St. Louis College of Pharmacy (STLCOP) has been preparing students for expert practice and leadership in pharmacy and health professions careers for over 150 years. As current and future health professionals, faculty and students at STLCOP know the importance of healthy living and how environmental practices directly relate. Thus, the group has been an active participant in the GBC and received the Achievement Award in the Star Circle of Excellence and an Award of Merit at the Leader Level in 2018.

STLCOP students created an organization – Sustainable STLCOP – that leads the campus in green initiatives. Sustainable STLCOP successfully held one large paper-recycling event on campus and continues to work towards raising their paper recycling efforts each month. Another notable initiative at STLCOP includes new copier programming aimed at reducing on-campus printing by 22 percent. The College has also seen a nearly 40% reduction in off-site printing costs since the implementation of the programming on July 1, 2018, showing that greener choices can be as good for the balance sheet as they are for the environment.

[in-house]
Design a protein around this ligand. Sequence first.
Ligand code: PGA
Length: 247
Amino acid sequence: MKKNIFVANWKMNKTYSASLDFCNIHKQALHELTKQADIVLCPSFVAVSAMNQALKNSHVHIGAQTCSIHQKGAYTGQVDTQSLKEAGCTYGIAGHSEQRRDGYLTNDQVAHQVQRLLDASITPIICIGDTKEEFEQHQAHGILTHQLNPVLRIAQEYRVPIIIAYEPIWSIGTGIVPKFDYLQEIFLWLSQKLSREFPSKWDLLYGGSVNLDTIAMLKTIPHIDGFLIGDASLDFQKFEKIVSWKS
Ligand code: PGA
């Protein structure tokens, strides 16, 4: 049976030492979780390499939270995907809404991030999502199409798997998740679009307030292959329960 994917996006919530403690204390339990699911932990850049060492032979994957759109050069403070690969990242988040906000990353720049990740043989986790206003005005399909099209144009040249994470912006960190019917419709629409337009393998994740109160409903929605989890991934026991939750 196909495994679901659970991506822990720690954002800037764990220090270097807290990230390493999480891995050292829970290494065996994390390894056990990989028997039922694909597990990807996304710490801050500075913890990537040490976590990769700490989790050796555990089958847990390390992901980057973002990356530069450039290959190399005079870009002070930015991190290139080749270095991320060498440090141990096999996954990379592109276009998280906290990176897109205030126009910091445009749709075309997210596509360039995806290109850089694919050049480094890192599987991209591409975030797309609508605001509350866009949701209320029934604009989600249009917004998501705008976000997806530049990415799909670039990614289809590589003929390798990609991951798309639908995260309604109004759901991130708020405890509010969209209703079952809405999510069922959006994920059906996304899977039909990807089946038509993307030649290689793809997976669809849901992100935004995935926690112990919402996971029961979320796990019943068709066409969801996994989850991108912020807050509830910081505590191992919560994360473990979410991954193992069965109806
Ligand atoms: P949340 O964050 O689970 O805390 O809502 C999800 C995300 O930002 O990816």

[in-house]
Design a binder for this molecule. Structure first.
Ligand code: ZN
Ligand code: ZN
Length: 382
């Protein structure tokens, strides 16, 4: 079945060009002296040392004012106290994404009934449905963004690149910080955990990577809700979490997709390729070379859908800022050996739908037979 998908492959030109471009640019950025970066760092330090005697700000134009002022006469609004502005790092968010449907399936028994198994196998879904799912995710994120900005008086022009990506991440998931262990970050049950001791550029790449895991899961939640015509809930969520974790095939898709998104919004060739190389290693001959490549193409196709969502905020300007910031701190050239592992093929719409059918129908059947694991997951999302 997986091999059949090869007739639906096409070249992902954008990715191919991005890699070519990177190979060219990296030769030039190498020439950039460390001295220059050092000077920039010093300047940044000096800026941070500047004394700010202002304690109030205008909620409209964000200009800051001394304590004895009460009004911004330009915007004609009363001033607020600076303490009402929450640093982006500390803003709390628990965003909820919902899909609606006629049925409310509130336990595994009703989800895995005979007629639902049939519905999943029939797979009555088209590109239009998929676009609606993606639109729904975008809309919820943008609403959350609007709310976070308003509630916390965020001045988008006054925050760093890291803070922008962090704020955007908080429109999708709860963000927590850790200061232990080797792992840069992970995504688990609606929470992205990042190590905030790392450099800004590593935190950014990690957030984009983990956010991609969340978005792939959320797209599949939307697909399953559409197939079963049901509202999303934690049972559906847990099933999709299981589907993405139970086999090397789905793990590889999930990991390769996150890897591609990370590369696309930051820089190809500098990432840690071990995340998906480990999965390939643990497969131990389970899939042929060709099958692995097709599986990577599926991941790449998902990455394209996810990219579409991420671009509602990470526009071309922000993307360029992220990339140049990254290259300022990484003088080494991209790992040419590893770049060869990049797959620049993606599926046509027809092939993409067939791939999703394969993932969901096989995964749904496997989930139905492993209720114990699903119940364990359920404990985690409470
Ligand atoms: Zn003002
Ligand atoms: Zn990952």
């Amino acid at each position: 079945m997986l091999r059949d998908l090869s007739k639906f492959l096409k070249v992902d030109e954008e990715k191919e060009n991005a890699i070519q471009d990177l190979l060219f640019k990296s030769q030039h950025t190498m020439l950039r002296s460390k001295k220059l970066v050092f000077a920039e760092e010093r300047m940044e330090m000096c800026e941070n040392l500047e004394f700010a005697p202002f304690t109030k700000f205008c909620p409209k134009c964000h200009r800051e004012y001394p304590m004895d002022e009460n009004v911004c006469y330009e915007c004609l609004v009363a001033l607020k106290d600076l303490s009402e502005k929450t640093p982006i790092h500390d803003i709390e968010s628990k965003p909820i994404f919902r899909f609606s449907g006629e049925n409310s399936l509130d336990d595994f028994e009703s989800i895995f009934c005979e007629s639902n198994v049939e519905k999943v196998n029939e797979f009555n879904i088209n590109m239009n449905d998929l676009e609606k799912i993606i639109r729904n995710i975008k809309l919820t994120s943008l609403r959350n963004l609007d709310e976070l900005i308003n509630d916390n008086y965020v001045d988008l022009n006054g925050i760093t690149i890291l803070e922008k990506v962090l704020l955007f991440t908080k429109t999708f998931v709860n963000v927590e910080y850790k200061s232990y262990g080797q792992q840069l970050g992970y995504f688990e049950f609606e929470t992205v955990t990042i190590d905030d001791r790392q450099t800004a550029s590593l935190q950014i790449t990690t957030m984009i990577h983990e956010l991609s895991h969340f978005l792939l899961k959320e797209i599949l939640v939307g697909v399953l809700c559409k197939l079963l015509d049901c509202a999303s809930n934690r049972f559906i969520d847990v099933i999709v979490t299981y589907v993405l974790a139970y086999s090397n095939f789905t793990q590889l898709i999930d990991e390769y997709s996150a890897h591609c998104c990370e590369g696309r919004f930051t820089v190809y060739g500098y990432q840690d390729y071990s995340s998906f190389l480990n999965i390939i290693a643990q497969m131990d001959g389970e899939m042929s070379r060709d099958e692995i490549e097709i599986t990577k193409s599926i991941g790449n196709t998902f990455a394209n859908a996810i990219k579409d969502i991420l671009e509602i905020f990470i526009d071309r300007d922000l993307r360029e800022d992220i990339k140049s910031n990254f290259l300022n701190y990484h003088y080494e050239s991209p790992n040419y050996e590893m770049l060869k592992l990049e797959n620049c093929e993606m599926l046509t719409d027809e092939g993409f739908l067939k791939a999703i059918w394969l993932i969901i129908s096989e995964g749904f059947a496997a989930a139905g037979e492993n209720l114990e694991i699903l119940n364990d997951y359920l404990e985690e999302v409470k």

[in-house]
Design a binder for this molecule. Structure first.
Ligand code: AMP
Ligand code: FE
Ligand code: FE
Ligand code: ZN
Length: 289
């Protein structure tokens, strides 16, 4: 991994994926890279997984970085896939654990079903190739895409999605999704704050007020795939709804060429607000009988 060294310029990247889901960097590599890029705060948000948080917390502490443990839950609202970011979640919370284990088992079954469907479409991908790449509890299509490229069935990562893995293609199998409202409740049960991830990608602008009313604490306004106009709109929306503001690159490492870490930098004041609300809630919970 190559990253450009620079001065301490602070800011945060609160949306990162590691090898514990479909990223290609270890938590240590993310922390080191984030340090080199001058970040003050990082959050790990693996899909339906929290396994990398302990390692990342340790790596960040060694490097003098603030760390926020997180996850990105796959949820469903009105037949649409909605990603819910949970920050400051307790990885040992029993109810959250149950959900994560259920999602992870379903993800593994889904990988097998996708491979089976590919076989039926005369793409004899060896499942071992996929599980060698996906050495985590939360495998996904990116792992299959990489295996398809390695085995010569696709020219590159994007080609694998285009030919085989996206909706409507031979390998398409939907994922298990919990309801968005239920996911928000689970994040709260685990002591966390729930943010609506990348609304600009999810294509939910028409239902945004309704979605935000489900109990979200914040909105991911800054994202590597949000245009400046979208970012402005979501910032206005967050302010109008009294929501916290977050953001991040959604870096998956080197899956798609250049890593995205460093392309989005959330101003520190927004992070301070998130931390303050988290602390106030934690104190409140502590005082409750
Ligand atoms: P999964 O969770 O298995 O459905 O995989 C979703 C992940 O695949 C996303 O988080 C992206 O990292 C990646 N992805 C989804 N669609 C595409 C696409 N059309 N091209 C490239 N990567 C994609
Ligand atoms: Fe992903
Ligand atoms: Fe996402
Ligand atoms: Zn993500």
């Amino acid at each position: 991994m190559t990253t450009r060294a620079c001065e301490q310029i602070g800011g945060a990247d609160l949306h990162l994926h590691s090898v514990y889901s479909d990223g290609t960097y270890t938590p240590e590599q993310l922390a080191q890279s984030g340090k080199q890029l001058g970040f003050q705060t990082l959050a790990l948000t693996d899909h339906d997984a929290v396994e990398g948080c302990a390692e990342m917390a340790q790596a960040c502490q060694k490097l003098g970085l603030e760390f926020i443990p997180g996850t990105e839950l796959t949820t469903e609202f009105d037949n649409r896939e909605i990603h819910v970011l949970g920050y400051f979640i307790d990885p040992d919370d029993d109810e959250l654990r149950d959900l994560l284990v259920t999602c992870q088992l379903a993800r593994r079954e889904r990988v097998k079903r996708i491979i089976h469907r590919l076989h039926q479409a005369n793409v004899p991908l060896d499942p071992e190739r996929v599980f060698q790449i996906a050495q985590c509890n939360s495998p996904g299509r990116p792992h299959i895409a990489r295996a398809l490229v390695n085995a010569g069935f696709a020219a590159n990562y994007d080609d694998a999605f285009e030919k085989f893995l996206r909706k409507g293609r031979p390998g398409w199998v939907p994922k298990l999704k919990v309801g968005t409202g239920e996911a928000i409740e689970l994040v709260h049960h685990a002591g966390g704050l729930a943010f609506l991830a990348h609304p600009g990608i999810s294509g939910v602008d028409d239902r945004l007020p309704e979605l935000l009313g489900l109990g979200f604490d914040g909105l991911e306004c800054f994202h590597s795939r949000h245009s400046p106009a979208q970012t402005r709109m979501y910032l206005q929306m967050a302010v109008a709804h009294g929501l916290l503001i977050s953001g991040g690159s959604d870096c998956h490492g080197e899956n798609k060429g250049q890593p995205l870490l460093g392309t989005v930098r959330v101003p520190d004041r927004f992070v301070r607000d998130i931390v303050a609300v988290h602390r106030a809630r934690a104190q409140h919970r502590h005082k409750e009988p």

To raise awareness for these initiatives, STLCOP has created their own Green Team to engage students, faculty, staff and alumni in creating a sustainably-minded campus community that focuses on environmentally friendly living in their day-to-day lives.

Another GBC finalist in the “Leader” track is COCA, a nonprofit whose arts-based events, training, and programming encourages people to see, think and express themselves in new ways. As the fourth largest multidisciplinary community arts center in the country, the organization annually serves more than 50,000 people of all ages, backgrounds and ability levels.

COCA is committed to doing its part to make St. Louis a great place to work and live, which means caring for the environment for future generations. The nonprofit has taken many steps to preserve energy, recycle, reduce waste, and go green, striving to continually take action to reduce their eco-footprint and remain attentive and thoughtful about how they use their space in an environmentally responsible way.